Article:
The phrase ‘Software-defined Storage’ (SDS) has quickly become one of the most widely used marketing buzz terms in storage. It seems to have originated from Nicira’s use of the term ‘Software-defined Networking’ and then adopted by VMware when they bought Nicira in 2012, where it evolved to become the ‘Software-defined Data Center’ including ‘Software-defined Storage’. VMware’s VSAN technology therefore has the top of mind position when we are talking about SDS. I really wish they’d called it something other than VSAN though, so as to avoid the clash with the ANSI T.11 VSAN standard developed by Cisco.

I have seen IBM regularly use the term ‘Software-defined Storage’ to refer to:

  1. GPFS
  2. Storwize family (which would include FlashSystem V840)
  3. Virtual Storage Center / Tivoli Storage Productivity Center

I recently saw someone at IBM referring to FlashSystem 840 as SDS even though to my mind it is very much a hardware/firmware-defined ultra-low-latency system with a very thin layer of software so as to avoid adding latency.

Interestingly, IBM does not seem to market XIV as SDS, even though it is clearly a software solution running on commodity hardware that has been ‘applianced’ so as to maintain reliability and supportability.

Let’s take a quick look at the contenders:

1. GPFS: GPFS is a file system with a lot of storage features built in or added-on, including de-clustered RAID, policy-based file tiering, snapshots, block replication, support for NAS protocols, WAN caching, continuous data protection, single namespace clustering, HSM integration, TSM backup integration, and even a nice new GUI. GPFS is the current basis for IBM’s NAS products (SONAS and V7000U) as well as the GSS (gpfs storage server) which is currently targeted at HPC markets but I suspect is likely to re-emerge as a more broadly targeted product in 2015. I get the impression that gpfs may well be the basis of IBM’s SDS strategy going forward.

2. Storwize: The Storwize family is derived from IBM’s SAN Volume Controller technology and it has always been a software-defined product, but tightly integrated to hardware so as to control reliability and supportability. In the Storwize V7000U we see the coming together of Storwize and gpfs, and at some point IBM will need to make the call whether to stay with the DS8000-derived RAID that is in Storwize currently, or move to the gpfs-based de-clustered RAID. I’d be very surprised if gpfs hasn’t already won that long-term strategy argument.

3. Virtual Storage Center: The next contender in the great SDS shootout is IBM’s Virtual Storage Center and it’s sub-component Tivoli Storage Productivity Center. Within some parts of IBM, VSC is talked about as the key to SDS. VSC is edition dependent but usually includes the SAN Volume Controller / Storwize code developed by IBM Systems and Technology Group, as well as the TPC and FlashCopy Manager code developed by IBM Software Group, plus some additional TPC analytics and automation. VSC gives you a tremendous amount of functionality to manage a large complex site but it requires real commitment to secure that value. I think of VSC and XIV as the polar opposites of IBM’s storage product line, even though some will suggest you do both. XIV drives out complexity based on a kind of 80/20 rule and VSC is designed to let you manage and automate a complex environment.

Commodity Hardware: Many proponents of SDS will claim that it’s not really SDS unless it runs on pretty much any commodity server. GPFS and VSC qualify by this definition, but Storwize does not, unless you count the fact that SVC nodes are x3650 or x3550 servers. However, we are already seeing the rise of certified VMware VSAN-ready nodes as a way to control reliability and supportability, so perhaps we are heading for a happy medium between the two extremes of a traditional HCL menu and a fully buttoned down appliance.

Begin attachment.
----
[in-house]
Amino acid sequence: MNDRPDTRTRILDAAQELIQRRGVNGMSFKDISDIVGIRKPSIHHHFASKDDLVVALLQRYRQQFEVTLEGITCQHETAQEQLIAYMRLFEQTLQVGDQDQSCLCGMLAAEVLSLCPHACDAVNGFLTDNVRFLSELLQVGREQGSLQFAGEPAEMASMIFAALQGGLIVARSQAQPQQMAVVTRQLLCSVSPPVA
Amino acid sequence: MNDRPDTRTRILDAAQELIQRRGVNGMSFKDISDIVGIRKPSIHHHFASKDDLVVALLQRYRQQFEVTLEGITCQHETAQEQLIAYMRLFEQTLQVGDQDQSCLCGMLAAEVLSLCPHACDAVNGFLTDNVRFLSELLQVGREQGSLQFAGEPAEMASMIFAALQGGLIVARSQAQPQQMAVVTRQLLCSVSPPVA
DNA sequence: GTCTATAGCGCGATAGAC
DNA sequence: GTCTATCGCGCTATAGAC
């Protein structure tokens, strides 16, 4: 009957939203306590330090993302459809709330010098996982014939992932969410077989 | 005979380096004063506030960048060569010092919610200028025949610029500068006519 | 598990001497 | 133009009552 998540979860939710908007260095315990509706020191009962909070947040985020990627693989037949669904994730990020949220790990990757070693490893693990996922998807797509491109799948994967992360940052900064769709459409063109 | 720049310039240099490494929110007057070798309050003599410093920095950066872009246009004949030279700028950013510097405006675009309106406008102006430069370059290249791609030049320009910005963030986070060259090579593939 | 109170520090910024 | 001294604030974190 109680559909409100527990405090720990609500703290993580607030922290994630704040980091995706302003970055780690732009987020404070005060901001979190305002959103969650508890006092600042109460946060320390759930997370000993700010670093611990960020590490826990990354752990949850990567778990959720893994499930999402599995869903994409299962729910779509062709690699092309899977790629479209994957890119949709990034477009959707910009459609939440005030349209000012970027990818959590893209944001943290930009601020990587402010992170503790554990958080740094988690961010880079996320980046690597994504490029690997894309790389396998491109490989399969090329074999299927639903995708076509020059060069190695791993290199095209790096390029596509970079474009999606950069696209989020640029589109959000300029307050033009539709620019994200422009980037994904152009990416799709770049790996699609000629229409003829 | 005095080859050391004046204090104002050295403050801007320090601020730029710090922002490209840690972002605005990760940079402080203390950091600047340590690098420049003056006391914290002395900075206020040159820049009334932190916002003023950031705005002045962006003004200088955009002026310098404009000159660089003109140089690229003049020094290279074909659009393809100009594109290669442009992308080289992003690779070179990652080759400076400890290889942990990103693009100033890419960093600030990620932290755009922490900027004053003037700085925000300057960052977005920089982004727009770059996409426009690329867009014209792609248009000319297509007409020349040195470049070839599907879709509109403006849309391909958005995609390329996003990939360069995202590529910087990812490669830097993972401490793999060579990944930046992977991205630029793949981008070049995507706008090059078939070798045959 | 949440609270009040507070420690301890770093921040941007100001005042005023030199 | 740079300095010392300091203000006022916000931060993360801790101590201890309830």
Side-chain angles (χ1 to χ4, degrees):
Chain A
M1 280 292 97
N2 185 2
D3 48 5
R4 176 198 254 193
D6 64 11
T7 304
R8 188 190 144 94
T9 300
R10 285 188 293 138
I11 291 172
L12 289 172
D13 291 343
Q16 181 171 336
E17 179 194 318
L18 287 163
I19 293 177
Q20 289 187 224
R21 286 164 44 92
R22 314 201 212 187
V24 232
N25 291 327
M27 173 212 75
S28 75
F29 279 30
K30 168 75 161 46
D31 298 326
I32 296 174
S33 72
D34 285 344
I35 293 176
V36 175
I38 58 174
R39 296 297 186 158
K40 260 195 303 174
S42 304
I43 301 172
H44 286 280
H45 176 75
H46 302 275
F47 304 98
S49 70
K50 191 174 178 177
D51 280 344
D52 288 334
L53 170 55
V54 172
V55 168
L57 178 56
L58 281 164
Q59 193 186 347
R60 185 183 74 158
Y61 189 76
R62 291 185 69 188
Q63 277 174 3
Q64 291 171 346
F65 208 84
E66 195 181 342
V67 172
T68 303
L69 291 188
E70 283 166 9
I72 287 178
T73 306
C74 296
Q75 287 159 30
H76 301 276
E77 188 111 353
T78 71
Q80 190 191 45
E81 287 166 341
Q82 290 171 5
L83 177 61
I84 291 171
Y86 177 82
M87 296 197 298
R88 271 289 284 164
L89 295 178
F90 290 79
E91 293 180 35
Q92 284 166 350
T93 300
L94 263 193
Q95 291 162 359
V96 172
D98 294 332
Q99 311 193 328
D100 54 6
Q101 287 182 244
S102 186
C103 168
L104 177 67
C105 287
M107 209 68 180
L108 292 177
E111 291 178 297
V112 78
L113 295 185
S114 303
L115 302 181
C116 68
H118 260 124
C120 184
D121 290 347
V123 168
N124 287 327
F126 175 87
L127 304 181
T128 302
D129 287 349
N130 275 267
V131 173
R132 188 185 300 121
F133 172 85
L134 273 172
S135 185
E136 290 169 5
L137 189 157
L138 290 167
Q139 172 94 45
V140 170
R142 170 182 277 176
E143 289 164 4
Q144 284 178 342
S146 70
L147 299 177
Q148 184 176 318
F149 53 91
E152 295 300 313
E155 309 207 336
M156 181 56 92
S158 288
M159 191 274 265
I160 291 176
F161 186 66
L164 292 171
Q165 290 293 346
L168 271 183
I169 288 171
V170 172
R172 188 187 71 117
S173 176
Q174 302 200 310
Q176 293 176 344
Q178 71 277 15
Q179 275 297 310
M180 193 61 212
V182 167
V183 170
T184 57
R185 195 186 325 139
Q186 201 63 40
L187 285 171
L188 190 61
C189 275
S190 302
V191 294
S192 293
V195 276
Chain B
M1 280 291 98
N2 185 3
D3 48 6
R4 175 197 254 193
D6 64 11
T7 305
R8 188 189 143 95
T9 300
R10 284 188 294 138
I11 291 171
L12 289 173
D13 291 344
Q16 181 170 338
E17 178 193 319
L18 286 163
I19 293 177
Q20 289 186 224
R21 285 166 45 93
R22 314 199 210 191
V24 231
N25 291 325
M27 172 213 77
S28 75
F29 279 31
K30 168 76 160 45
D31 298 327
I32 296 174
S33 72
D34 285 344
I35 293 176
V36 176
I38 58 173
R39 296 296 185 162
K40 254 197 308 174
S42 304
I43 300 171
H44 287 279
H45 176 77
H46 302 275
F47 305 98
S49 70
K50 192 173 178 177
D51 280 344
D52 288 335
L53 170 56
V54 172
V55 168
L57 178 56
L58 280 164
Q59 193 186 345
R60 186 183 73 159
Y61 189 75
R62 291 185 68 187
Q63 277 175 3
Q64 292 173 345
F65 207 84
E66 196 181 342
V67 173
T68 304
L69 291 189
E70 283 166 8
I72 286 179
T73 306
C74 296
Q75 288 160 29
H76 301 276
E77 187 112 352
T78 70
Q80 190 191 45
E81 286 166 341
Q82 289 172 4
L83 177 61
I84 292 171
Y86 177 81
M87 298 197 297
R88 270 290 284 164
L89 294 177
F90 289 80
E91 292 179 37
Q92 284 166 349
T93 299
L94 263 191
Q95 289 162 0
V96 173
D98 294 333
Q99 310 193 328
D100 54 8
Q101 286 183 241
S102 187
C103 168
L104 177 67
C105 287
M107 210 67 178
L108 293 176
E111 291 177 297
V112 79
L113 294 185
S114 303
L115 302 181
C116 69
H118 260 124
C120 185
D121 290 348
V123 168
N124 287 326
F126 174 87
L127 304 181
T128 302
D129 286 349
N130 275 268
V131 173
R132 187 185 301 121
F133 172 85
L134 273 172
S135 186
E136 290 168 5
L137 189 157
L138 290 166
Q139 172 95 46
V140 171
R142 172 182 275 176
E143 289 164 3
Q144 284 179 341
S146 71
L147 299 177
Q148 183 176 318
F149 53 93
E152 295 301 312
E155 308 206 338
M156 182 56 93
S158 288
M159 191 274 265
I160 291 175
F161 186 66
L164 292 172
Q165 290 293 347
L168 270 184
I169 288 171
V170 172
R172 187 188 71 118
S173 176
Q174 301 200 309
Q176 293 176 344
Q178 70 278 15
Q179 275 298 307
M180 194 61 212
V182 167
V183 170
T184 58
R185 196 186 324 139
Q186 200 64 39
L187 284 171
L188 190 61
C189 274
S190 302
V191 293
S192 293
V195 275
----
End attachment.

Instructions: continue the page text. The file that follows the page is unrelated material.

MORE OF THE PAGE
Product Strategy: While IBM has been pretty clear in defining its focus markets – Cloud, Analytics, Mobile, Social, Security (the ‘CAMSS’ message that is repeatedly referred to inside IBM) I think it has been somewhat less clear in articulating a clear and consistent storage strategy, and I am finding that as the storage market matures, smart people are increasingly wanting to know what the vendors’ strategies are. I say vendors plural because I see the same lack of strategic clarity when I look at EMC and HP for example. That’s not to say the products aren’t good, or the roadmaps are wrong, but just that the long-term strategy is either not well defined or not clearly articulated.

It’s easier for new players and niche players of course, and VMware’s Software-defined Storage strategy, for example, is both well-defined and clearly articulated, which will inevitably make it a baseline for comparison with the strategies of the traditional storage vendors.

A/NZ STG Symposium: For the A/NZ audience, if you want to understand IBM’s SDS product strategy, the 2014 STG Tech Symposium in August is the perfect opportunity. Speakers include Sven Oehme from IBM Research who is deeply involved with gpfs development, Barry Whyte from IBM STG in Hursley who is deeply involved in Storwize development, and Dietmar Noll from IBM in Frankfurt who is deeply involved in the development of Virtual Storage Center.

Melbourne – August 19-22

Auckland – August 26-28

Steve Wozniak’s Birthday

Just a quick post to let readers know that I have resigned from IBM after 14 years with the company and I’m looking forward to starting work at ViFX on Monday 11th August, which it seems also happens to be Steve Wozniak‘s birthday.

I will work out in time what this means for the blog (my move to ViFX, not Steve’s birthday) but it’s pretty likely that I will also start looking at some non-IBM technologies – maybe including such things as VMware, Nutanix, Commvault, Actifio, Violin and Nimble Storage.

And having failed to create any meaningful link whatsoever between my move and the birth of the Woz I will leave it at that… until the 11th : )